How To Get Weft-faced Weaving.

This rug is weft-faced. Many but not all rugs are. In this case the weft entirely covers the warp.

Here the same warp and weft yarns from the previous post are woven weft-face. Notice that the warps are farther apart and the wefts are close together in comparison with the previous example of warp-faced weaving.

In this diagram notice that the wefts bend, and the warps are straight. That is so the weftscan be beaten close together on straight warps. Increase the tension on the warp so the wefts will cover when beaten in.

To get enough weft in the sheds to cover the warps you usually need to bubble the weft. See the next illustrations.

Another step is to beat in the weft hard. This is a photo of young Peter Collingwood. His book, The Techniques of Rug Weaving is a cherished bible. Beat on the open shed as usual then close the shed and beat again and you might even beat again on the next shed to get the wefts to completely cover the warp. If you really want to do a lot of weft-faced weaving the Collingwood book is IT. My books only give the basics. I don’t weave weft-faced things. My mentor/teacher, Jim Ahrens said, “Weft faced! Can’t make any money that way!” So, I never took to it.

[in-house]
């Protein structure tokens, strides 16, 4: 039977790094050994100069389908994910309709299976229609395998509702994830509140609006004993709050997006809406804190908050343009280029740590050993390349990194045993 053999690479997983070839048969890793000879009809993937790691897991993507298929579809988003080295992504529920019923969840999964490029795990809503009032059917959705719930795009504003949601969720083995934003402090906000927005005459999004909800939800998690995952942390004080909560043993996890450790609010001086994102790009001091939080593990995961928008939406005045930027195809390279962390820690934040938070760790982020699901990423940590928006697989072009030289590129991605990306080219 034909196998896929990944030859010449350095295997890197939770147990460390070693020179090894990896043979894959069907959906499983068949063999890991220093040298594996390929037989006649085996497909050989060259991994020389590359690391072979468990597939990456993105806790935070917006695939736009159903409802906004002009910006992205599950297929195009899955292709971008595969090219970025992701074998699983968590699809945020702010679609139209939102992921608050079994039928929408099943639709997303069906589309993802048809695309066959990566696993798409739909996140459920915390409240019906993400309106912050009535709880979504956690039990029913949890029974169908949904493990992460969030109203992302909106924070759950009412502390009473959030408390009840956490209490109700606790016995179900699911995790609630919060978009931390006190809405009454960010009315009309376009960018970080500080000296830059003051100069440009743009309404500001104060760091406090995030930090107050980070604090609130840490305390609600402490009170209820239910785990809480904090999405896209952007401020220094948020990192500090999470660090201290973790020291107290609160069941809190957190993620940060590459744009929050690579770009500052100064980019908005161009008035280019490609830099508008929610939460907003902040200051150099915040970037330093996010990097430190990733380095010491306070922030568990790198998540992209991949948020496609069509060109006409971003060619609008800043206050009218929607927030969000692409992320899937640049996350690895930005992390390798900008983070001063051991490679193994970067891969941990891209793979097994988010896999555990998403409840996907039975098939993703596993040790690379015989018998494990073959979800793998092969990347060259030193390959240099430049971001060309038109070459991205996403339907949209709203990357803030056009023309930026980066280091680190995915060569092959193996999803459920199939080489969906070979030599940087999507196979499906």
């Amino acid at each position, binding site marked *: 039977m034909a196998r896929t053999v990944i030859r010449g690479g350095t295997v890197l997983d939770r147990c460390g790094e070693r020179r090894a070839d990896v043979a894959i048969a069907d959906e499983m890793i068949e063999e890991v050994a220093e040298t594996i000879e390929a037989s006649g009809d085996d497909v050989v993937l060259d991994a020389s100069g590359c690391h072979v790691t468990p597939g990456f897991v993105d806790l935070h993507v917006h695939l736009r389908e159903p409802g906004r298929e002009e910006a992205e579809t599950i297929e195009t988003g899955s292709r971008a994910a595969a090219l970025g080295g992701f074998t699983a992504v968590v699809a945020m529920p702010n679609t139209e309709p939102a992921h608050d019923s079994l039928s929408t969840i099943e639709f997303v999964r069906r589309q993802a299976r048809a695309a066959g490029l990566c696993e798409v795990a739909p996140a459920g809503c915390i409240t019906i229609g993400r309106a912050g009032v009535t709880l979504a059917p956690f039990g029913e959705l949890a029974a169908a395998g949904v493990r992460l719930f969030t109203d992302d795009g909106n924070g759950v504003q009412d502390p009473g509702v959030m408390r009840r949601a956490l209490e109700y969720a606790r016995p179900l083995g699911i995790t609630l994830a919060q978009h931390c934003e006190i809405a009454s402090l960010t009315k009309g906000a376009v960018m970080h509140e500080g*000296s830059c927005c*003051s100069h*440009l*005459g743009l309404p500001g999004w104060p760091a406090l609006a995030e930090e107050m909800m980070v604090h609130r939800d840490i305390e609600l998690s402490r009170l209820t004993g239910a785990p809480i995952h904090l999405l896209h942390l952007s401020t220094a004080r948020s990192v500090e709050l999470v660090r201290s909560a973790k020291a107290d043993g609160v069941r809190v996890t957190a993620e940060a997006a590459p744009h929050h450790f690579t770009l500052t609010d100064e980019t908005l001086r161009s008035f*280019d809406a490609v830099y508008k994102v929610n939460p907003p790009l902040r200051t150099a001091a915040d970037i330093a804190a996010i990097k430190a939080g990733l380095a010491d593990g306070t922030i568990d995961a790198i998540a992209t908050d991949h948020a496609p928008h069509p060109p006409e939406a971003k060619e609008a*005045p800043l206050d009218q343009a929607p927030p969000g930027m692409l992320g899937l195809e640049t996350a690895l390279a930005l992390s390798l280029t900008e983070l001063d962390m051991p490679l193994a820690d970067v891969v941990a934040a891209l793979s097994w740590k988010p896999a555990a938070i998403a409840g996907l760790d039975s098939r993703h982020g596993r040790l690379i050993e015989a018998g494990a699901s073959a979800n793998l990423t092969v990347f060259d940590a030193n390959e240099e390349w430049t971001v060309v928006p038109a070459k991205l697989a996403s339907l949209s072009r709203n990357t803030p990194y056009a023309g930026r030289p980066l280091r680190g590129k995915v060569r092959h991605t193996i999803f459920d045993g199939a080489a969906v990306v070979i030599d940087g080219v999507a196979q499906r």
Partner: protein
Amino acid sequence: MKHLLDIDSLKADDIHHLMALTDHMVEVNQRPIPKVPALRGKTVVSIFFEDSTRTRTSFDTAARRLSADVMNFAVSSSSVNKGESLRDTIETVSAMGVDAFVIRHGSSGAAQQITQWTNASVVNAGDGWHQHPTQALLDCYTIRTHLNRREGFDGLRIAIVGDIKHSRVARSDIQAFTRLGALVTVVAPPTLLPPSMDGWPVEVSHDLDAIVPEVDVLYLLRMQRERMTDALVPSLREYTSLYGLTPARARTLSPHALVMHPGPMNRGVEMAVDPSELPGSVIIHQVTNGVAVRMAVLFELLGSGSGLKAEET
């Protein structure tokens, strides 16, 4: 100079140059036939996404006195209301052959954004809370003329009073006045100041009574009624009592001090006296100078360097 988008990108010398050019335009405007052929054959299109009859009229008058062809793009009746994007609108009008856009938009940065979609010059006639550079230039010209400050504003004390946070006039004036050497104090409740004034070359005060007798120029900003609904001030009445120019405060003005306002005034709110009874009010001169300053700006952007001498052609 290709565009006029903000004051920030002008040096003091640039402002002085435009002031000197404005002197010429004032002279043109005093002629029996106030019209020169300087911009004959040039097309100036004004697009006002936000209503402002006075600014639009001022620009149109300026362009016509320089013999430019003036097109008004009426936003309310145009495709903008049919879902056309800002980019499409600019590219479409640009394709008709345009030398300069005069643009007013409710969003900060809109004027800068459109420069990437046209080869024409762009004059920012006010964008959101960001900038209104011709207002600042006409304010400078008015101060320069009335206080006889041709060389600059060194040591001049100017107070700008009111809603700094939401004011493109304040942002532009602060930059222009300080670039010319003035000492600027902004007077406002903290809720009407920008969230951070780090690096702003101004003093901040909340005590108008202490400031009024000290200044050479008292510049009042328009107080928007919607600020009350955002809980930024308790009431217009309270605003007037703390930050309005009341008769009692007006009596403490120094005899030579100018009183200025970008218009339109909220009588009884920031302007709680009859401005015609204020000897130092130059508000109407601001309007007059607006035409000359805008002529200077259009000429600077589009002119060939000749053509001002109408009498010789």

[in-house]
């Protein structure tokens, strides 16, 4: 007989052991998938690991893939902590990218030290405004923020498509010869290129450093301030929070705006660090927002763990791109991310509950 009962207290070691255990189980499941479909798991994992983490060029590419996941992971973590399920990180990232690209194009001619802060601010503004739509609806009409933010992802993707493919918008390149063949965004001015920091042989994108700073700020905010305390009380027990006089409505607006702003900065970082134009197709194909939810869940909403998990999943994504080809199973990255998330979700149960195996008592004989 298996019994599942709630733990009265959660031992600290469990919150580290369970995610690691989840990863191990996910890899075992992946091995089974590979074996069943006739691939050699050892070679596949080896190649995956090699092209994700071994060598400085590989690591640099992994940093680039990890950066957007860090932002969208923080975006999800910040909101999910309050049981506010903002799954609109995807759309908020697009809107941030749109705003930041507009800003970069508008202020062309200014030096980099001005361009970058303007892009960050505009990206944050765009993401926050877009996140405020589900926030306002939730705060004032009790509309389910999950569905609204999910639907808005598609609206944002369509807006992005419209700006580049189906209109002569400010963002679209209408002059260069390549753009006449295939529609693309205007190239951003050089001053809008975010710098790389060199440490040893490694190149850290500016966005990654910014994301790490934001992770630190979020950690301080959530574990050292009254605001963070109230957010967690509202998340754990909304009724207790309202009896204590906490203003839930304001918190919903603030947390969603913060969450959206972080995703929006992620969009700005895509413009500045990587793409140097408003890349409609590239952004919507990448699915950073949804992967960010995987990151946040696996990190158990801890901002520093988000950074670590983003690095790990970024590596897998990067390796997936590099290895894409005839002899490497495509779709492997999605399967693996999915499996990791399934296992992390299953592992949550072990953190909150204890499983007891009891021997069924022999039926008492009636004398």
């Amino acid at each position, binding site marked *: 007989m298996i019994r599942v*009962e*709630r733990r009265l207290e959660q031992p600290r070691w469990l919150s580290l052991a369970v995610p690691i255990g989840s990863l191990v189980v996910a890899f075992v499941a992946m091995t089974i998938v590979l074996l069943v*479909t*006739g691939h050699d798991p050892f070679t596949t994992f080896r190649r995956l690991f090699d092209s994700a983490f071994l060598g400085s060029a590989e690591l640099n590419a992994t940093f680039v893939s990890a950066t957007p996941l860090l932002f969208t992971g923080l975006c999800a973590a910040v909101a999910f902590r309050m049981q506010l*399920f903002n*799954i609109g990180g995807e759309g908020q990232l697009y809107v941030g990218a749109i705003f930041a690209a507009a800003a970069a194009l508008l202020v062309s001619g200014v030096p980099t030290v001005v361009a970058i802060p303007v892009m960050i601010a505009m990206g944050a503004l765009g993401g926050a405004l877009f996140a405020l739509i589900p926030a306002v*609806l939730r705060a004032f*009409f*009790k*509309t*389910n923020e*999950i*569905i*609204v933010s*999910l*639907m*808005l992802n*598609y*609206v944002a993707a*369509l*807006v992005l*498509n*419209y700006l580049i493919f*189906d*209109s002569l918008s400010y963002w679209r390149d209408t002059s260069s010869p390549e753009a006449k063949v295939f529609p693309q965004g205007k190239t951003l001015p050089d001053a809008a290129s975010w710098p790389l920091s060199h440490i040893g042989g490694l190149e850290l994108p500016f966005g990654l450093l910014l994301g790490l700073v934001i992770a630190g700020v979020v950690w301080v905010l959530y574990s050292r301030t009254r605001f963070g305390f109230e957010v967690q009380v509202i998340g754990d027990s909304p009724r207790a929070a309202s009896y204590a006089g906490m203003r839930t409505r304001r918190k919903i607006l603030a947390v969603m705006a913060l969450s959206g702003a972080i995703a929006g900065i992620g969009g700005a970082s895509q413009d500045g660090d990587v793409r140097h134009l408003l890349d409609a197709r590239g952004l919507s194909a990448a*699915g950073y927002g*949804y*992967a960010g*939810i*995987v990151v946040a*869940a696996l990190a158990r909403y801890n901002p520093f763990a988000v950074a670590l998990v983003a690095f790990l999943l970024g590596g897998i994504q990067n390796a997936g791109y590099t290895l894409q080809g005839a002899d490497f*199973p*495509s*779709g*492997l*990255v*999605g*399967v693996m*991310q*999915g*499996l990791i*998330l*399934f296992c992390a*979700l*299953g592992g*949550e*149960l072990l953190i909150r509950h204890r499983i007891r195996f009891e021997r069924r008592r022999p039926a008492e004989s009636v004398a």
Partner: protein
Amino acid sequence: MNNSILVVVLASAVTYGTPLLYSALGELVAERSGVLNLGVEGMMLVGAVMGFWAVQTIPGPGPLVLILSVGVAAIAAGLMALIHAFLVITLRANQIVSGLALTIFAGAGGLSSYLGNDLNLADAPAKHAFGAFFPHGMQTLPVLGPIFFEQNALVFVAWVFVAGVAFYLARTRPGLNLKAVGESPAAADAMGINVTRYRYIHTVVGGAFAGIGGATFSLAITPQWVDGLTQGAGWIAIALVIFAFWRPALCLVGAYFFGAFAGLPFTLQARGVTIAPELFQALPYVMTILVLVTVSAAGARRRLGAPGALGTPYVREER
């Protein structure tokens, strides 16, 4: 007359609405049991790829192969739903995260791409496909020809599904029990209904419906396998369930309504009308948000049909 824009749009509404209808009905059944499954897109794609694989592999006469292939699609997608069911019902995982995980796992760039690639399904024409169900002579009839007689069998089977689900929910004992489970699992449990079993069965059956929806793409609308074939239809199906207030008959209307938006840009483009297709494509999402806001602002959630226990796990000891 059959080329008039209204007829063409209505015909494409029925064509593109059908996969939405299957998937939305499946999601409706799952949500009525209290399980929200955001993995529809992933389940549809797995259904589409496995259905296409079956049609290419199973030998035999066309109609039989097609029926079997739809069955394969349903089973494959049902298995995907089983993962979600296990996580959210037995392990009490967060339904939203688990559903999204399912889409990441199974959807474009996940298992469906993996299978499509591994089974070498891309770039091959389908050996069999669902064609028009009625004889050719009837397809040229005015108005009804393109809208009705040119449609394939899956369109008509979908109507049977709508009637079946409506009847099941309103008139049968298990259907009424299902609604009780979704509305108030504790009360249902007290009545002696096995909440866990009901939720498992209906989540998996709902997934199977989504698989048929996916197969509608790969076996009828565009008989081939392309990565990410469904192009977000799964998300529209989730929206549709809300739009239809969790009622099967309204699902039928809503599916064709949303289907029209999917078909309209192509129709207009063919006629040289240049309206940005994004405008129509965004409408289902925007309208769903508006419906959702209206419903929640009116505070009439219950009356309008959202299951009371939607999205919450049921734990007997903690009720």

There are many weft-faced patterns you can make on a 4-shaft threading. This is woven with 2 colors.

The third technique for weft-faced weaving is to spread out the warps wider than usual. This is an elementary way to think about determining the sett: Use your ruler to wind both the warp and the weft threads together. Alternate the warp and weft threads on the ruler. Keep them flat. Be careful not to twist or stretch them, but still, push them together until they just barely touch. Finally, count only the warp threads in your inch to get the approximate sett. See the illustration. You probably will use a thicker weft yarn than a warp yarn. This is a way to get started. Of course, sampling is important on the warp you intend to weave on.

3 thoughts on “How To Get Weft-faced Weaving.”

  1. You show both S- and Z-twist yarns in your diagrams (which are always very nice and clear, btw!). Do warp and weft have to have the same twist direction, or can they be different? I’d guess that the two yarns won’t interact to produce an effect in the finished cloth, seeing as one is completely obscured by the other. Is this the case?
    (I’m a bit of an armchair weaver in that I don’t spend as much time weaving as I’d like; but your blog is always interesting and gets me thinking those “what if?” weaverly thoughts… Or more often, “My gosh, how did she think of that?!”)

    • Most all yarns are plied and are S twisted so not an issue normally with warp and weft. Single ply yarns are often Z . Plied Z are not easy to find so if you want to play with S & Z it’s an effort and special deal. It’s a problem when you unknownly get an overtwisted Z yarn. I found it once with linen. All the warp threads were twisted all over the place. Glad you are in your armchair and not facing the issue!


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